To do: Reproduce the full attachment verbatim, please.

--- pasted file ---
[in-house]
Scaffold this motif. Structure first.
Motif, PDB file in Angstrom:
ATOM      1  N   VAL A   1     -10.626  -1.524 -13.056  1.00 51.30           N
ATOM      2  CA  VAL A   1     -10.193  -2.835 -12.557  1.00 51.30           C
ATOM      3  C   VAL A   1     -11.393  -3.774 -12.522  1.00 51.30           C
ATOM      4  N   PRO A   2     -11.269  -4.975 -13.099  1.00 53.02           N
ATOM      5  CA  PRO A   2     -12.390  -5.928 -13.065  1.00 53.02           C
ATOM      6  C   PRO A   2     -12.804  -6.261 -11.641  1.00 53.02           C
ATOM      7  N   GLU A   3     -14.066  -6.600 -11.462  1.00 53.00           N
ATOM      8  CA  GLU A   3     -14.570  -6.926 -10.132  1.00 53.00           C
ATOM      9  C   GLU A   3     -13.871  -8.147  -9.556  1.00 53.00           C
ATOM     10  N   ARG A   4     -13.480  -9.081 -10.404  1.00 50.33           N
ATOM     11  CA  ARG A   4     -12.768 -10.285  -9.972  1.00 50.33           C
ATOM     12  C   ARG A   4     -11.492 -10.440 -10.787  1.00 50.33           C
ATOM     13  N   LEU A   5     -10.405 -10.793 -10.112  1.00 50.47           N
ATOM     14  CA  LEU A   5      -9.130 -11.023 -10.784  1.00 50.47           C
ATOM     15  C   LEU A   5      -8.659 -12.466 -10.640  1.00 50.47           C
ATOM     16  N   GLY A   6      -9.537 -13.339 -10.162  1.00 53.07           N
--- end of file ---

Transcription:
[in-house]
Scaffold this motif. Structure first.
Motif, PDB file in Angstrom:
ATOM      1  N   VAL A   1     -10.626  -1.524 -13.056  1.00 51.30           N
ATOM      2  CA  VAL A   1     -10.193  -2.835 -12.557  1.00 51.30           C
ATOM      3  C   VAL A   1     -11.393  -3.774 -12.522  1.00 51.30           C
ATOM      4  N   PRO A   2     -11.269  -4.975 -13.099  1.00 53.02           N
ATOM      5  CA  PRO A   2     -12.390  -5.928 -13.065  1.00 53.02           C
ATOM      6  C   PRO A   2     -12.804  -6.261 -11.641  1.00 53.02           C
ATOM      7  N   GLU A   3     -14.066  -6.600 -11.462  1.00 53.00           N
ATOM      8  CA  GLU A   3     -14.570  -6.926 -10.132  1.00 53.00           C
ATOM      9  C   GLU A   3     -13.871  -8.147  -9.556  1.00 53.00           C
ATOM     10  N   ARG A   4     -13.480  -9.081 -10.404  1.00 50.33           N
ATOM     11  CA  ARG A   4     -12.768 -10.285  -9.972  1.00 50.33           C
ATOM     12  C   ARG A   4     -11.492 -10.440 -10.787  1.00 50.33           C
ATOM     13  N   LEU A   5     -10.405 -10.793 -10.112  1.00 50.47           N
ATOM     14  CA  LEU A   5      -9.130 -11.023 -10.784  1.00 50.47           C
ATOM     15  C   LEU A   5      -8.659 -12.466 -10.640  1.00 50.47           C
ATOM     16  N   GLY A   6      -9.537 -13.339 -10.162  1.00 53.07           N